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Zoom FX have dynamic range, others lack!

Posted: Wed Jul 04, 2018 10:37 pm
by stubbsonic
I noticed that with both my MS-100BT and my newish G3n, Zoom really responds well to very dynamic playing. For some musical things, I need to go from playing very soft to playing very loud quite suddenly.

I've tested the Pod HD500, Digitech RP255, Boss GT-1, and Boss GP-10. All of them reduce the difference between soft and loud playing (through some type of compression scheme). This is with no compression units in the chain, and with or without amp models. If I use a clean Fender, I expect LOTS of dynamic range, because that's one of the qualities that makes the fender amps so special.

There was a review video on YT and some other person said the same thing: that he had tried other effects but noticed that they were lacking in dynamic range, he might have referred to it "touch" and/or "response". He went back to Zoom and was happier.

At some point, I'd like to run a test and create a test audio file with a white noise sample with a linear volume ramp. I'd run it through all these units I have, and record the output to see what they all do to the signal.

Re: Zoom FX has dynamic range, others lack!

Posted: Thu Jul 05, 2018 8:21 am
by Nhoj
Thats what i liked the Zoom N Series, thats why im now using Zoom

Re: Zoom FX have dynamic range, others lack!

Posted: Thu Jul 05, 2018 6:07 pm
by stubbsonic
It's pretty amazing. Throughout this process, I was A/B comparing the Zoom MS100-BT or G3n with those other units and it was a dramatic difference.

What's weird is that as far as dynamics go, there wasn't much difference between the non-Zoom pedals I mentioned above. They all did the same thing. Which makes me think Zoom is handling the input side of things very differently than Line6, Digitech, and Boss.

Today, I've been messing around with a recently acquired used Boss GP-10. It is a very flexible unit- with many more adjustable parameters than the G3n sounds. It even sounds very good, the synths & pitch things are not perfect but a little better than the Zoom. However, again, without the dynamics, it just feels like it kills the energy.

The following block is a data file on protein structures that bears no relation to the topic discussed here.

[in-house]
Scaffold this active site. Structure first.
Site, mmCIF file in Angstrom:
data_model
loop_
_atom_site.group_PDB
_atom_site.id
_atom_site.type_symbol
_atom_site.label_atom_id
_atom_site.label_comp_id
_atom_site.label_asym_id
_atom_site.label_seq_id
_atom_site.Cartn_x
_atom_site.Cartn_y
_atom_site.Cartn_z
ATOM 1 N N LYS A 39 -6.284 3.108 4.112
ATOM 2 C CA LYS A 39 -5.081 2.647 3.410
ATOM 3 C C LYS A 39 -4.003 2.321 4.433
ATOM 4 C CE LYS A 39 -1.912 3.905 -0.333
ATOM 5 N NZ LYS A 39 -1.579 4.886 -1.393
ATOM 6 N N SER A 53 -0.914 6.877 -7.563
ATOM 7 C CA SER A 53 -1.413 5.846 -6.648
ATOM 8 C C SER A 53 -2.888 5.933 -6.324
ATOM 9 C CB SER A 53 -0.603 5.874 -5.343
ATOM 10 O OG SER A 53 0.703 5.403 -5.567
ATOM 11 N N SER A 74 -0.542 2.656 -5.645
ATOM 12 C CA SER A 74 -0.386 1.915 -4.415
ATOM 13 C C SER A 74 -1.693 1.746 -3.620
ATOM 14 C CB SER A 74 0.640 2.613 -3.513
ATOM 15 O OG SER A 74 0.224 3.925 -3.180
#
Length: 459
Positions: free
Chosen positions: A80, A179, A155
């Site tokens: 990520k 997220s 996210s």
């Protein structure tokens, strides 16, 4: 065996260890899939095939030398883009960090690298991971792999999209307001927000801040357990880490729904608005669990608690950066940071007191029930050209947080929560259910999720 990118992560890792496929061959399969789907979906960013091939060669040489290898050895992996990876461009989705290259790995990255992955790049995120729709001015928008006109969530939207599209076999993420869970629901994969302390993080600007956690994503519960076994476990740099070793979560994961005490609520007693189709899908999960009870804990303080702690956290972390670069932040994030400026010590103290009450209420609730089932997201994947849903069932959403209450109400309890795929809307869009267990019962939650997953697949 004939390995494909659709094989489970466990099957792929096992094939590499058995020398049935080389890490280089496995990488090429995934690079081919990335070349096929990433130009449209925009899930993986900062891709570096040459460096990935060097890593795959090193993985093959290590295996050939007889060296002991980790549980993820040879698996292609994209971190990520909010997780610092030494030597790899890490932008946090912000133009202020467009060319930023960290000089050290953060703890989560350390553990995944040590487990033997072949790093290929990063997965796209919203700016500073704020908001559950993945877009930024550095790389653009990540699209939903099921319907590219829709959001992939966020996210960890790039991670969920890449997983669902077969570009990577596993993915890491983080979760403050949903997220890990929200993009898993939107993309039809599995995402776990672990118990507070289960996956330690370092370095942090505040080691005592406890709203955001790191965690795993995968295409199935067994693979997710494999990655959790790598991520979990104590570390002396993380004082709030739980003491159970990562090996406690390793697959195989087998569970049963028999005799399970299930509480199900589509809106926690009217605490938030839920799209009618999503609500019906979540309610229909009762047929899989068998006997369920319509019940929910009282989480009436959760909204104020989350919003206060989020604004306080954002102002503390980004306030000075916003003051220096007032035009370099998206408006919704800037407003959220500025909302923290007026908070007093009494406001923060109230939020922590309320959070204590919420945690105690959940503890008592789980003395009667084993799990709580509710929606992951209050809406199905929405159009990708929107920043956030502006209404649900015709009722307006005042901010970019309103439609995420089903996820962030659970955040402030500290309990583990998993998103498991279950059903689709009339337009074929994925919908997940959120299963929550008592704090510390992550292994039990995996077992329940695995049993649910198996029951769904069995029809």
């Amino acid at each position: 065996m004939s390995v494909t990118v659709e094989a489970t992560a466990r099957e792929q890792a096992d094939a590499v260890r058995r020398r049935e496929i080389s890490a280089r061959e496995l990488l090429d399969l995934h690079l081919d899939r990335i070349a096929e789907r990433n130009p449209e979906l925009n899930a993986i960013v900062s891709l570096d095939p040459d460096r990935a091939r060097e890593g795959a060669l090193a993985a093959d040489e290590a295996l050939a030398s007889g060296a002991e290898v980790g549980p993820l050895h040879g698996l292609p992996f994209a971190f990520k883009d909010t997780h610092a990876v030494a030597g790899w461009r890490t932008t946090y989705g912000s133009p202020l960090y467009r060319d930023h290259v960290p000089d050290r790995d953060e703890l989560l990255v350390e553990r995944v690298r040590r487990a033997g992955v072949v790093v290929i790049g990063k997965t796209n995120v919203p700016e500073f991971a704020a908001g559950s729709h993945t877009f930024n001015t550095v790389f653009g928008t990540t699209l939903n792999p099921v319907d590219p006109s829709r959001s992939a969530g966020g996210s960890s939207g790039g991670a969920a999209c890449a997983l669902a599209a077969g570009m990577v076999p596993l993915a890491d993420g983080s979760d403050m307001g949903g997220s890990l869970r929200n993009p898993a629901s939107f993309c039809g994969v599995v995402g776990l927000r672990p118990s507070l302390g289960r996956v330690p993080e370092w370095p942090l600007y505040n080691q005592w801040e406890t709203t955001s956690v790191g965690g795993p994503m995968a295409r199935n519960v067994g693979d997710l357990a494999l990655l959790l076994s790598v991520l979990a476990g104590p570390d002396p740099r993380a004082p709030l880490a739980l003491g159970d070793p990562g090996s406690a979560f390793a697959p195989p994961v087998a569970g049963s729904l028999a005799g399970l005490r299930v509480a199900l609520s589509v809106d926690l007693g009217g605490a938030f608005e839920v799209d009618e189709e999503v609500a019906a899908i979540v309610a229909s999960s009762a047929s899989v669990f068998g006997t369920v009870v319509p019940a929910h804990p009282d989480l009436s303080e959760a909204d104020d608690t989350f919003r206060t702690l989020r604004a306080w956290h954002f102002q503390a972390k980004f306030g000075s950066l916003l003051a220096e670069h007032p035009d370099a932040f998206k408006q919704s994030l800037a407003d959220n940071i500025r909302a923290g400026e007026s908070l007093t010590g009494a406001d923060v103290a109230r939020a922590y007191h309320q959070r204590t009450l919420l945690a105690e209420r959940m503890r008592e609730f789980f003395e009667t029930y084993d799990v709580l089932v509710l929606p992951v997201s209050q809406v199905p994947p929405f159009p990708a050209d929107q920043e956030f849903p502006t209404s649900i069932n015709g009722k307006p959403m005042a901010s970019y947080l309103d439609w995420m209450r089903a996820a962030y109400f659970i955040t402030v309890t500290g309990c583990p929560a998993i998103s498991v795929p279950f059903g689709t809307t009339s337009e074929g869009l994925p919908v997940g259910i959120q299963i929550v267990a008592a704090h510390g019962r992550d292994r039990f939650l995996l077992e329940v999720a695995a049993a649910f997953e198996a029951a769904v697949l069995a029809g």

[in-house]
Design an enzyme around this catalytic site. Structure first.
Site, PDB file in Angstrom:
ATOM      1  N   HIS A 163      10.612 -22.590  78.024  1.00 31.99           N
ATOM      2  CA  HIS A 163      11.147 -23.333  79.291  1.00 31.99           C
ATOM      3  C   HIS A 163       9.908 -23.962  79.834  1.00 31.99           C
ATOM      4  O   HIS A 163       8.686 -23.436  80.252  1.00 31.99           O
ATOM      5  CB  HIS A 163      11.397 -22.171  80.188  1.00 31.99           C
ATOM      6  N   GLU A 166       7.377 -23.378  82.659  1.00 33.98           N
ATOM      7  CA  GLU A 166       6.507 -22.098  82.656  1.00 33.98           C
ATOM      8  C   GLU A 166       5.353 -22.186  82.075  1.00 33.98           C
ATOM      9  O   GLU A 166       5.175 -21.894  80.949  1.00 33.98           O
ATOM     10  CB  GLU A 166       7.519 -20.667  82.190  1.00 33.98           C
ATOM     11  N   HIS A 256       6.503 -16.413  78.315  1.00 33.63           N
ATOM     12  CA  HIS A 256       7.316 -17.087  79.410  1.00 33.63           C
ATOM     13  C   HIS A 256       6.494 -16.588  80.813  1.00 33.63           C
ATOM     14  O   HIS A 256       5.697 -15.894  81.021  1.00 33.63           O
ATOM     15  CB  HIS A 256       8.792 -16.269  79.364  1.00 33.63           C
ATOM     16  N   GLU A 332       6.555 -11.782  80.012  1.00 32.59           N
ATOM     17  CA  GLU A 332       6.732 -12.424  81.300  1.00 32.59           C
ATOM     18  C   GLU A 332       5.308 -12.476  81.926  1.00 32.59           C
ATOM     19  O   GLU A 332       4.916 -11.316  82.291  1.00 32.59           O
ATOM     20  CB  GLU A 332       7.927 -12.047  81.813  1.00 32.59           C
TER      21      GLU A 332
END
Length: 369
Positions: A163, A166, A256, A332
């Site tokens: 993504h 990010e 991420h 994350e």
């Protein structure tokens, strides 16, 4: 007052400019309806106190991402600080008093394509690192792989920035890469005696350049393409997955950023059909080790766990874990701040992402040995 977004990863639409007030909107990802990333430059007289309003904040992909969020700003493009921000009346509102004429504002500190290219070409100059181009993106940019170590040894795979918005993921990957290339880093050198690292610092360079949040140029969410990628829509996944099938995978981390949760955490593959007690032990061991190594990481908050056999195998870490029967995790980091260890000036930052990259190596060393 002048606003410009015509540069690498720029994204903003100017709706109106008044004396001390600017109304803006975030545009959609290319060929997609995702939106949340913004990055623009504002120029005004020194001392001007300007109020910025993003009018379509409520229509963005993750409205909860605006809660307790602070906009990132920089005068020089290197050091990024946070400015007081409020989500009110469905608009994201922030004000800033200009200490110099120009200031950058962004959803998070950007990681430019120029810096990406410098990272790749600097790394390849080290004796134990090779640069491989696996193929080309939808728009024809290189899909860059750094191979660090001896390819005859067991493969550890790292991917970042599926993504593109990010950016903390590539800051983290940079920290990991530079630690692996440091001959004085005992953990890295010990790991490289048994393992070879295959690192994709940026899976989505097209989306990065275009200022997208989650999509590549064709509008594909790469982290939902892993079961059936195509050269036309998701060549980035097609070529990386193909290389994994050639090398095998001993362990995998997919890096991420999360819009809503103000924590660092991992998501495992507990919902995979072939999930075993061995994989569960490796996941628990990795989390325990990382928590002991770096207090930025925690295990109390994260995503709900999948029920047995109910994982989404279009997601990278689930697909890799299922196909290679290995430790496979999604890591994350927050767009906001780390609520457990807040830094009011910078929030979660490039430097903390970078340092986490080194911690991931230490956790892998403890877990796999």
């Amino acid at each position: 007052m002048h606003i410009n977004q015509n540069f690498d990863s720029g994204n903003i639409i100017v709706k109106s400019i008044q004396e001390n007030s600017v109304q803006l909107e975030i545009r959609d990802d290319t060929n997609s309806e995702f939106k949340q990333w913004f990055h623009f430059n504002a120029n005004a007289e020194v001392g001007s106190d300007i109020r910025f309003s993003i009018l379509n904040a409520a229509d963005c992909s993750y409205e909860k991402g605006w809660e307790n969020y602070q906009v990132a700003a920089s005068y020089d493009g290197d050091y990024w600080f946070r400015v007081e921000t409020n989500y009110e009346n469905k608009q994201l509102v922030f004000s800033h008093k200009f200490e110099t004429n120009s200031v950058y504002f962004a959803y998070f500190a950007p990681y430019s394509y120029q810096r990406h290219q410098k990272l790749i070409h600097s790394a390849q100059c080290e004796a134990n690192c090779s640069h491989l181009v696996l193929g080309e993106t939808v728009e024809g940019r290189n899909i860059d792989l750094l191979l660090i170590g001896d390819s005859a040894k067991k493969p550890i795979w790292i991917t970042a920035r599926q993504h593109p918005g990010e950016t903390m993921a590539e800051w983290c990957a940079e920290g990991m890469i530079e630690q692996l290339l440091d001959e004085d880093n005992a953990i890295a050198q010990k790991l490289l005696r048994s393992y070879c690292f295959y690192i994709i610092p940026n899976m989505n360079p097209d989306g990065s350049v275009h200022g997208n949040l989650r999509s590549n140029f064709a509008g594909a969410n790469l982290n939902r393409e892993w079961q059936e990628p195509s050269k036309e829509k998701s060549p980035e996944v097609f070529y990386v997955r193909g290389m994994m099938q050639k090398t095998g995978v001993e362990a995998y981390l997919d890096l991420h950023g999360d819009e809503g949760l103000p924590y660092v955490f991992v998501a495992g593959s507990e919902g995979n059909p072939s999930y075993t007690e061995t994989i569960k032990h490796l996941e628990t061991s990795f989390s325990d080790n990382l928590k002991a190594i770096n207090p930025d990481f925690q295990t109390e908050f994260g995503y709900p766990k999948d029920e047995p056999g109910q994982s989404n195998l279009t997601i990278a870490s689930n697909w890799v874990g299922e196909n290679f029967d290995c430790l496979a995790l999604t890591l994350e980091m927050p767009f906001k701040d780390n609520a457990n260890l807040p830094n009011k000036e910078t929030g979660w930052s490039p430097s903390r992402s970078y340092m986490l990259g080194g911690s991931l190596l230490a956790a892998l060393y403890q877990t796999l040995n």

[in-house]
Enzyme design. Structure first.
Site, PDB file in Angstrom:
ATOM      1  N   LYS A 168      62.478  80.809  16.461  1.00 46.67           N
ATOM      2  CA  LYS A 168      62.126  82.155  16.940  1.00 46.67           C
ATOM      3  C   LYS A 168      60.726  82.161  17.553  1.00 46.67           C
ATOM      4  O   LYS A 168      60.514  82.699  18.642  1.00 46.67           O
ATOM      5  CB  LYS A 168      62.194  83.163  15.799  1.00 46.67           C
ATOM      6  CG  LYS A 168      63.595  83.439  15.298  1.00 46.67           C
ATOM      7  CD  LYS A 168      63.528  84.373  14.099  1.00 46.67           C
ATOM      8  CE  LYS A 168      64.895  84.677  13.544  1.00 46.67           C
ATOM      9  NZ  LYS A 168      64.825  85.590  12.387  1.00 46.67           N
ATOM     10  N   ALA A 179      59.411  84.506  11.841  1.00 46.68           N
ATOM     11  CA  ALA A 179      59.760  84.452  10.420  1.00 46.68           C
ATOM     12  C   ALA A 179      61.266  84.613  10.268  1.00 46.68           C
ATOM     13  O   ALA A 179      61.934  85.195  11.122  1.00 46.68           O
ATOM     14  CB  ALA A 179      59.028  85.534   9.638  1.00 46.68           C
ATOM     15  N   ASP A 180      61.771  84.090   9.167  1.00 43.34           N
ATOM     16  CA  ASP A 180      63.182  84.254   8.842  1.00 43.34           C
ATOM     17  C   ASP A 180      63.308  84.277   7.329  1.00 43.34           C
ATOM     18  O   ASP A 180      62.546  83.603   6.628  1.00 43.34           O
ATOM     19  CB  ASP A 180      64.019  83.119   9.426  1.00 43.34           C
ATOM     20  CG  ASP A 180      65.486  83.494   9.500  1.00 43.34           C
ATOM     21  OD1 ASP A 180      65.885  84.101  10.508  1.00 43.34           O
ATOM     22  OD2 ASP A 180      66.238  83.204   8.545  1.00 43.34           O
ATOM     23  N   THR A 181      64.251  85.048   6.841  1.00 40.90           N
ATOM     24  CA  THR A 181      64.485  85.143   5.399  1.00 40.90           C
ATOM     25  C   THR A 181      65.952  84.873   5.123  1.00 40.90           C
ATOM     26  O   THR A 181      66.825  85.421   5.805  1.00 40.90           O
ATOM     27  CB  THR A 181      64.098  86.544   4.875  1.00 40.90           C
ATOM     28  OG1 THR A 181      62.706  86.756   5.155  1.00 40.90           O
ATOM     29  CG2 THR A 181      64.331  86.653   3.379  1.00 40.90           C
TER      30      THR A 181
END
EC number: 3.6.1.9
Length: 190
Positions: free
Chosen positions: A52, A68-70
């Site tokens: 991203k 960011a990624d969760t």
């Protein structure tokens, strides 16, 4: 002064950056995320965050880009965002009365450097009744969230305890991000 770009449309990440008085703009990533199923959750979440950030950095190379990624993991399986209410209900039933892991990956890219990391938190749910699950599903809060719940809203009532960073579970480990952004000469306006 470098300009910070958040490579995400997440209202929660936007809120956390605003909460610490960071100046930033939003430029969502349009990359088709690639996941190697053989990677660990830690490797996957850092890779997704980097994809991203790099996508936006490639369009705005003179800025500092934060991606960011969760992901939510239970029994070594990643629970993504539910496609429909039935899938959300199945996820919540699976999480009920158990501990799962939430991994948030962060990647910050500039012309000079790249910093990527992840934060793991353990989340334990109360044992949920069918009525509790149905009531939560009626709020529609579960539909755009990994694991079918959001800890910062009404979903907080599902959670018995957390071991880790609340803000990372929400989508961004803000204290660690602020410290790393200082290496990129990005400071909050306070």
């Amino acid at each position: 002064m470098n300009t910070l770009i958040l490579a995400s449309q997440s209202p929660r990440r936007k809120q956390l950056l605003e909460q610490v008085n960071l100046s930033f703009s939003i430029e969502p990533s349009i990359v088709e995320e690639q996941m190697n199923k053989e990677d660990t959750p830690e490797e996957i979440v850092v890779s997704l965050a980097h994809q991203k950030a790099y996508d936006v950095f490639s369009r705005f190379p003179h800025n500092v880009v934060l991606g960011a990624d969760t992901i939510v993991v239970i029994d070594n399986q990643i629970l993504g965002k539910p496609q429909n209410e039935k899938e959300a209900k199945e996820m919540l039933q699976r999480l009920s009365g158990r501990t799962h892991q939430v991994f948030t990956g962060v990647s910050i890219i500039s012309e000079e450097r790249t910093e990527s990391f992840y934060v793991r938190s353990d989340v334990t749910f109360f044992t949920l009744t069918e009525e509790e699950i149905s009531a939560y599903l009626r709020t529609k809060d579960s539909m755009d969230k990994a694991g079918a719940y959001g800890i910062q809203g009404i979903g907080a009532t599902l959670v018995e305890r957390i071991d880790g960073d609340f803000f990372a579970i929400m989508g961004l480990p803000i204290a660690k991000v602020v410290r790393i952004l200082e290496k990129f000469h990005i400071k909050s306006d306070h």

I know it doesn't matter much for genres with lots of compression & distortion, but it matters for situations requiring clean and versatile tones.

Re: Zoom FX have dynamic range, others lack!

Posted: Fri Jul 06, 2018 2:18 pm
by NucleusX
In comparing the MultiStomps and POD HD, I'd say for me they're relatively even in respect to touch dynamics. Good
enough that i rarely pay attention to it. The main factor that stood out for me with the Zoom G series and the MultiStomps,
is their frequency range/response. The dynamics of frequency and volume ranges, rather than playing dynamics/response.
With the POD HD, i always have to battle this, and apply multiple EQ's and a parametric to give it some high end clarity.
Its annoying, cause you have limited DSP and FX slots to work with. I find the MultiStomps particularly versatile in Line
level situations, going to mixers, monitors, ect, i barely have to do much EQ'in to dial them in nicely. The last frequency
Zoom allow adjustment to seems to be 16Khz on the MultiStomps, which is more than enough bandwidth for guitar work,
but its also essential if you where to use these pedals in a-typical situations that make full use of that bandwidth. Such as
using the pedal as a general purpose stereo FX processor within a mixer's AUX FX loop/s, in a rack, or run a mic for vocals
or a hardware synth through them, basically anything that relies on full 20khz response to sound good. In all those situations
I've applied them to, they sound quite wide, transparent, with HiFi like clarity, and they didn't need much tweaking and
DSP/FX Slot wastage to get there. I spend most of my time in gain channels, and everything i just spoke of has had the
largest impact on my ability to shape all my gain presets to a counter-intuitive point, in that even tho the POD HD can
process @ 96khz, the Zoom's 44.1khz processing seems to outwit the POD HD in gain clarity.

Re: Zoom FX have dynamic range, others lack!

Posted: Fri Jul 06, 2018 4:20 pm
by stubbsonic
That's interesting. The POD HD500 was unusable in the one show I was playing that required real spanky clean goodness. I spent a quite a bit of time dialing in the tone. It was simple, just clean into a fender twin model. Occasionally tremolo. Even the tremolo sounded off to me. I used it for one night and hated it.

You're right also about the tone. I felt like both the EQ and the tone knobs on the Pod didn't really get to what I wanted to fix. The Zoom just sounded fine sans EQ.

Re: Zoom FX have dynamic range, others lack!

Posted: Sat Jul 07, 2018 2:45 am
by NucleusX
The POD HD can be a tweaking nightmare, there's no doubt about that. Its defaults almost always need changing.
With full amp sims engaged, its the DEP and cab parameters that have the largest impact on the final result, but
personally i just stick to the pre-amp models, rather than the full amp models, as the pre-models retain a good
amount of high end. Spent a good amount of time doing online research, reading and tweaking to understand the
POD HD's nature. Its all helped to improve the results, but at the same time i feel there's an inherent flaw within
its nature that i will always be fighting to get to my result.

As for the MultiStomps, they aren't perfect, but the concept is genius. Zoom have occupied a unique market space